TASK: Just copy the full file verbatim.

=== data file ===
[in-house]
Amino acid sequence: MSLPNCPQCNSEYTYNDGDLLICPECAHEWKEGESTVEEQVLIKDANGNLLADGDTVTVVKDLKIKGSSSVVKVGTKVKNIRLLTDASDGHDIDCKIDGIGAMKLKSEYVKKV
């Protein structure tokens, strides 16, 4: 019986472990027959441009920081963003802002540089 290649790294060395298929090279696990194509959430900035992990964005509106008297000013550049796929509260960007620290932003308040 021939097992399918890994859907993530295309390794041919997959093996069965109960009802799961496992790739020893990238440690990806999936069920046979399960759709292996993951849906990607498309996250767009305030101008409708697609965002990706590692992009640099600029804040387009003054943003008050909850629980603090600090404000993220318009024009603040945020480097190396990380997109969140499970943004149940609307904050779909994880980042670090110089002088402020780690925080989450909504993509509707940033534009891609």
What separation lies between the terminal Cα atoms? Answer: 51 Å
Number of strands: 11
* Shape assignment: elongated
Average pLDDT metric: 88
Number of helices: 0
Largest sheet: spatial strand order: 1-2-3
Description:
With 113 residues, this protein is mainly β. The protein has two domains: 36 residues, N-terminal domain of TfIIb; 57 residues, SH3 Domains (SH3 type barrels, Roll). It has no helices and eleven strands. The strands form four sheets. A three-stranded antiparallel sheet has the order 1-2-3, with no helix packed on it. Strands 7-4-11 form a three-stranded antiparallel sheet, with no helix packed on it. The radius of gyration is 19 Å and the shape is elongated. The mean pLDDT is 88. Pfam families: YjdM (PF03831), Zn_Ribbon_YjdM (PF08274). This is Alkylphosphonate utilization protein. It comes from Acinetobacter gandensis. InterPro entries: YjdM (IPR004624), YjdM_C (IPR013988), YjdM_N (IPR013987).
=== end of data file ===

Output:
[in-house]
Amino acid sequence: MSLPNCPQCNSEYTYNDGDLLICPECAHEWKEGESTVEEQVLIKDANGNLLADGDTVTVVKDLKIKGSSSVVKVGTKVKNIRLLTDASDGHDIDCKIDGIGAMKLKSEYVKKV
């Protein structure tokens, strides 16, 4: 019986472990027959441009920081963003802002540089 290649790294060395298929090279696990194509959430900035992990964005509106008297000013550049796929509260960007620290932003308040 021939097992399918890994859907993530295309390794041919997959093996069965109960009802799961496992790739020893990238440690990806999936069920046979399960759709292996993951849906990607498309996250767009305030101008409708697609965002990706590692992009640099600029804040387009003054943003008050909850629980603090600090404000993220318009024009603040945020480097190396990380997109969140499970943004149940609307904050779909994880980042670090110089002088402020780690925080989450909504993509509707940033534009891609």
What separation lies between the terminal Cα atoms? Answer: 51 Å
Number of strands: 11
* Shape assignment: elongated
Average pLDDT metric: 88
Number of helices: 0
Largest sheet: spatial strand order: 1-2-3
Description:
With 113 residues, this protein is mainly β. The protein has two domains: 36 residues, N-terminal domain of TfIIb; 57 residues, SH3 Domains (SH3 type barrels, Roll). It has no helices and eleven strands. The strands form four sheets. A three-stranded antiparallel sheet has the order 1-2-3, with no helix packed on it. Strands 7-4-11 form a three-stranded antiparallel sheet, with no helix packed on it. The radius of gyration is 19 Å and the shape is elongated. The mean pLDDT is 88. Pfam families: YjdM (PF03831), Zn_Ribbon_YjdM (PF08274). This is Alkylphosphonate utilization protein. It comes from Acinetobacter gandensis. InterPro entries: YjdM (IPR004624), YjdM_C (IPR013988), YjdM_N (IPR013987).